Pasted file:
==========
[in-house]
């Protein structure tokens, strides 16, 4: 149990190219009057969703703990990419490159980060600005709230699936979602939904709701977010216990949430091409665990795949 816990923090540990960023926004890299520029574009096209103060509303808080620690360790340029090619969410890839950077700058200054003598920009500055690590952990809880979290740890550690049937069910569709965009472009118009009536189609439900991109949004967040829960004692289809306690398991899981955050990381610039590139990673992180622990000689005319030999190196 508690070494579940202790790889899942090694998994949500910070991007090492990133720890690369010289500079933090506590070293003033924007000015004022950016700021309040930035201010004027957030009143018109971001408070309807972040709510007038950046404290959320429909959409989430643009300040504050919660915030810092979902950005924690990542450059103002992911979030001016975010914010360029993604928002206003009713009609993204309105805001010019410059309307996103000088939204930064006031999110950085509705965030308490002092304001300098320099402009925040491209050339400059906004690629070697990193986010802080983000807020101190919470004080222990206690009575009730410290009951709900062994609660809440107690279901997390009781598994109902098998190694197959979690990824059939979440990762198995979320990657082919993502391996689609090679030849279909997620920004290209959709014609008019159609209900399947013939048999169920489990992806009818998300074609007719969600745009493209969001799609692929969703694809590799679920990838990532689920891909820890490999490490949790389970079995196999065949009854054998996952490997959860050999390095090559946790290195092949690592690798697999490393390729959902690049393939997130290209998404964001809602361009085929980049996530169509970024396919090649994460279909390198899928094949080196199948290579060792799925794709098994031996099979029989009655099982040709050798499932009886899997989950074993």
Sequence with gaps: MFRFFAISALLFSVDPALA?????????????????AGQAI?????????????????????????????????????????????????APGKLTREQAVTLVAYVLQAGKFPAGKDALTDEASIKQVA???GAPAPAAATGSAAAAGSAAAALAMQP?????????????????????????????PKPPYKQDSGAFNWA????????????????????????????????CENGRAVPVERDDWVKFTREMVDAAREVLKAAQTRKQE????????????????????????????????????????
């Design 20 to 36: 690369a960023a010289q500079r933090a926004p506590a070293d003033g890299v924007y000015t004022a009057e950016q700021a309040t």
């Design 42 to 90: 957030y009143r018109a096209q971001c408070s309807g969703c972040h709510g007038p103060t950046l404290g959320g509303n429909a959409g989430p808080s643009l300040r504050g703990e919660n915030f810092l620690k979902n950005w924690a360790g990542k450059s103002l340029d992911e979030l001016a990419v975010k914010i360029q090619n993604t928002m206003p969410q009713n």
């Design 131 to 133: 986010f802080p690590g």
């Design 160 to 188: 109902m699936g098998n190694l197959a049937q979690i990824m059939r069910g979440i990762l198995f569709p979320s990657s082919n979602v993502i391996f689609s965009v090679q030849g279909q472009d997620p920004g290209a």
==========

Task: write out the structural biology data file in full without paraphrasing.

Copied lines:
[in-house]
């Protein structure tokens, strides 16, 4: 149990190219009057969703703990990419490159980060600005709230699936979602939904709701977010216990949430091409665990795949 816990923090540990960023926004890299520029574009096209103060509303808080620690360790340029090619969410890839950077700058200054003598920009500055690590952990809880979290740890550690049937069910569709965009472009118009009536189609439900991109949004967040829960004692289809306690398991899981955050990381610039590139990673992180622990000689005319030999190196 508690070494579940202790790889899942090694998994949500910070991007090492990133720890690369010289500079933090506590070293003033924007000015004022950016700021309040930035201010004027957030009143018109971001408070309807972040709510007038950046404290959320429909959409989430643009300040504050919660915030810092979902950005924690990542450059103002992911979030001016975010914010360029993604928002206003009713009609993204309105805001010019410059309307996103000088939204930064006031999110950085509705965030308490002092304001300098320099402009925040491209050339400059906004690629070697990193986010802080983000807020101190919470004080222990206690009575009730410290009951709900062994609660809440107690279901997390009781598994109902098998190694197959979690990824059939979440990762198995979320990657082919993502391996689609090679030849279909997620920004290209959709014609008019159609209900399947013939048999169920489990992806009818998300074609007719969600745009493209969001799609692929969703694809590799679920990838990532689920891909820890490999490490949790389970079995196999065949009854054998996952490997959860050999390095090559946790290195092949690592690798697999490393390729959902690049393939997130290209998404964001809602361009085929980049996530169509970024396919090649994460279909390198899928094949080196199948290579060792799925794709098994031996099979029989009655099982040709050798499932009886899997989950074993």
Sequence with gaps: MFRFFAISALLFSVDPALA?????????????????AGQAI?????????????????????????????????????????????????APGKLTREQAVTLVAYVLQAGKFPAGKDALTDEASIKQVA???GAPAPAAATGSAAAAGSAAAALAMQP?????????????????????????????PKPPYKQDSGAFNWA????????????????????????????????CENGRAVPVERDDWVKFTREMVDAAREVLKAAQTRKQE????????????????????????????????????????
């Design 20 to 36: 690369a960023a010289q500079r933090a926004p506590a070293d003033g890299v924007y000015t004022a009057e950016q700021a309040t």
């Design 42 to 90: 957030y009143r018109a096209q971001c408070s309807g969703c972040h709510g007038p103060t950046l404290g959320g509303n429909a959409g989430p808080s643009l300040r504050g703990e919660n915030f810092l620690k979902n950005w924690a360790g990542k450059s103002l340029d992911e979030l001016a990419v975010k914010i360029q090619n993604t928002m206003p969410q009713n």
């Design 131 to 133: 986010f802080p690590g």
């Design 160 to 188: 109902m699936g098998n190694l197959a049937q979690i990824m059939r069910g979440i990762l198995f569709p979320s990657s082919n979602v993502i391996f689609s965009v090679q030849g279909q472009d997620p920004g290209a």